because all the current would be flowing through the short and none through the motor. The battery would
become discharged quickly (perhaps ruined) and there could be the danger of fire or explosion.
The battery cables in our example would be large wires capable of carrying heavy currents. Most
wires used in electrical circuits are smaller and their current carrying capacity is limited. The size of wire
used in any given circuit is determined by space considerations, cost factors, and the amount of current
the wire is expected to carry under normal operating conditions. Any current flow greatly in excess of
normal, such as there would be in the case of a direct short, would cause a rapid generation of heat in the
If the excessive current flow caused by the direct short is left unchecked, the heat in the wire will
continue to increase until some portion of the circuit burns. Perhaps a portion of the wire will melt and
open the circuit so that nothing is damaged other than the wire involved. The probability exists, however,
that much greater damage will result. The heat in the wire can char and burn the insulation of the wire and
that of other wires bundled with it, which can cause more shorts. If a fuel or oil leak is near any of the hot
wires, a disastrous fire might be started.
It is possible for the circuit current to increase without a direct short. If a resistor, capacitor, or
inductor changes value, the total circuit impedance will also change in value. If a resistor decreases in
ohmic value, the total circuit resistance decreases. If a capacitor has a dielectric leakage, the capacitive
reactance decreases. If an inductor has a partial short of its winding, inductive reactance decreases. Any
of these conditions will cause an increase in circuit current. Since the circuit wiring and components are
designed to withstand normal circuit current, an increase in current would cause overheating (just as in
the case of a direct short). Therefore, excessive current without a direct short will cause the same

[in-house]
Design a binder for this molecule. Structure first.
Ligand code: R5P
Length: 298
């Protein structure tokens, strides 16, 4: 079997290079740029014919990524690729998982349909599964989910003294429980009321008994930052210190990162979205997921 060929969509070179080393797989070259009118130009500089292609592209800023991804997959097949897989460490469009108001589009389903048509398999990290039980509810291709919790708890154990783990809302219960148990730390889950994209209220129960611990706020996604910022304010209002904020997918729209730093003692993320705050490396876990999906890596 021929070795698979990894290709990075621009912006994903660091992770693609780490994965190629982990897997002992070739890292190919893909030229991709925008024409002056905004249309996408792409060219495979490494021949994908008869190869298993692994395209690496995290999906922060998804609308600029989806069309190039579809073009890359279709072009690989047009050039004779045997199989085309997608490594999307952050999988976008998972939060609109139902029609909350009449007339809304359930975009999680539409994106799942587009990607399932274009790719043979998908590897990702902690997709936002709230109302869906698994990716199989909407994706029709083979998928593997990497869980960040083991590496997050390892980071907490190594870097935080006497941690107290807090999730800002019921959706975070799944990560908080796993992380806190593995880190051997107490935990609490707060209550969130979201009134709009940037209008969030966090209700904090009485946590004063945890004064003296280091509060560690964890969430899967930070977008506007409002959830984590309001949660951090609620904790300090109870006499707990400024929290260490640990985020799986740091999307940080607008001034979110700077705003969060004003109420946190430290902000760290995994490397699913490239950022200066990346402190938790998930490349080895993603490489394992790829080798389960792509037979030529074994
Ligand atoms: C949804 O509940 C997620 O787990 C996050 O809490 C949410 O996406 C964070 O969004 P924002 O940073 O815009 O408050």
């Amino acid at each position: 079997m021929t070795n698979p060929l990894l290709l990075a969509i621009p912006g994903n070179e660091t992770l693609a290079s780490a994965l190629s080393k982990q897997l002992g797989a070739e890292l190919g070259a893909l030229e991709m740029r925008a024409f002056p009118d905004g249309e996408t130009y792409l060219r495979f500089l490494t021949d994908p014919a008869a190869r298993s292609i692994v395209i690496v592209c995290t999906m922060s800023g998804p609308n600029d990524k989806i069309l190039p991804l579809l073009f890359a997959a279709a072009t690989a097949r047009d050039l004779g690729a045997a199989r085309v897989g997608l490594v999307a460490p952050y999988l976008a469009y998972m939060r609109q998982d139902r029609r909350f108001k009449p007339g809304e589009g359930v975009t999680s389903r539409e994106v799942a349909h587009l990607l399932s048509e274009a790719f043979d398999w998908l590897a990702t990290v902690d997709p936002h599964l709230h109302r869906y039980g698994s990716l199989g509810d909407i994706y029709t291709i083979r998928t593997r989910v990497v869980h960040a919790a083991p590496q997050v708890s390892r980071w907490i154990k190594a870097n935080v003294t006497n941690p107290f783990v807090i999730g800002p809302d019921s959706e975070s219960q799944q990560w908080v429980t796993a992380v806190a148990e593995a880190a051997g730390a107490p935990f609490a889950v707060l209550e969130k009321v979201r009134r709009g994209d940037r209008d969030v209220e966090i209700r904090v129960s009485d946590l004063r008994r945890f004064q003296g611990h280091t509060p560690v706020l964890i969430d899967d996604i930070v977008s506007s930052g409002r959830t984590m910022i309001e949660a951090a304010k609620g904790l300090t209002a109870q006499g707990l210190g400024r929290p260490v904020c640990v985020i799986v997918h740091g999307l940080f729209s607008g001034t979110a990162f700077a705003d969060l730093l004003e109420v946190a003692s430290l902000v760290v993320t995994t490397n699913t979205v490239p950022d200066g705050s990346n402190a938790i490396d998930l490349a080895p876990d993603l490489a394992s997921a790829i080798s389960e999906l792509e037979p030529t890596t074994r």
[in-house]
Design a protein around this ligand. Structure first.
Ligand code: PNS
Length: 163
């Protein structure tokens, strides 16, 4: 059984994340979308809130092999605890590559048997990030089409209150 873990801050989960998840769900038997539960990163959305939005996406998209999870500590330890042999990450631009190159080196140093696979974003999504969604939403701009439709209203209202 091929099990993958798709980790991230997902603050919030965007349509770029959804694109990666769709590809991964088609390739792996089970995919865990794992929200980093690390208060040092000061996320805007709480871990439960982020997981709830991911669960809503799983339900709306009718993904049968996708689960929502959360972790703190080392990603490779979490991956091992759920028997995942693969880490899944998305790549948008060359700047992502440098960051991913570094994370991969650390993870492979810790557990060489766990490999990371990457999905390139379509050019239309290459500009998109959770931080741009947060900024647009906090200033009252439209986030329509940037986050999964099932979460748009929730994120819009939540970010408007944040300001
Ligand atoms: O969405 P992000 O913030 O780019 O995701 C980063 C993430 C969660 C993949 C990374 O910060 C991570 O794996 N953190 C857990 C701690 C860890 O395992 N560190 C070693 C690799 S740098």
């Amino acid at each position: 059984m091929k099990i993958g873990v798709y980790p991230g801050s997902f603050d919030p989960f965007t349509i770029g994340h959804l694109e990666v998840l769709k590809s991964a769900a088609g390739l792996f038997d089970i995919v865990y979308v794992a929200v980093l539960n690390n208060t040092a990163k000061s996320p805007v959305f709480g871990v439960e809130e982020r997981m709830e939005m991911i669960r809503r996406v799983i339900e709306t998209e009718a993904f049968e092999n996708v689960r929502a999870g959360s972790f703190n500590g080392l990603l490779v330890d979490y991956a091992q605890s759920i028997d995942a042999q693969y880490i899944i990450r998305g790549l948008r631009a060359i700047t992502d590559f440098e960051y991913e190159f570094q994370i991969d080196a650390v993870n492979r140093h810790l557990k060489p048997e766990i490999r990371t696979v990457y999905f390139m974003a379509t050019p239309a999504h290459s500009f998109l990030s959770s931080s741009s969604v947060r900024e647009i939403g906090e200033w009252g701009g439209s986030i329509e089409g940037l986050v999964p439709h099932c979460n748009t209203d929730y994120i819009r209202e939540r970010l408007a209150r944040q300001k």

problems as a direct short.
As you have read, most of the problems associated with a direct short or excessive current concern
the heat generated by the higher current. The damage to circuit components, the possibility of fire, and the
possibility of hazardous fumes being given off from electrical components are consequences of excessive
heat. It is possible for excessive heat to occur without a direct short or excessive current. If the bearings
on a motor or generator were to fail, the motor or generator would overheat. If the temperature around an
electrical or electronic circuit were to rise (through failure of a cooling system for example), excessive
heat would be a problem. No matter what the cause, if excessive heat is present in a circuit, the possibility
of damage, fire, and hazardous fumes exists.
Q1. Why are circuit protection devices necessary?
Q2. What are the three conditions that require circuit protection?
Q3. What is a direct short?
Q4. What is an excessive current condition?
Q5. What is an excessive heat condition?
CIRCUIT PROTECTION DEVICES
All of the conditions mentioned are potentially dangerous and require the use of circuit protection
devices. Circuit protection devices are used to stop current flow or open the circuit. To do this, a circuit
protection device must ALWAYS be connected in series with the circuit it is protecting. If the protection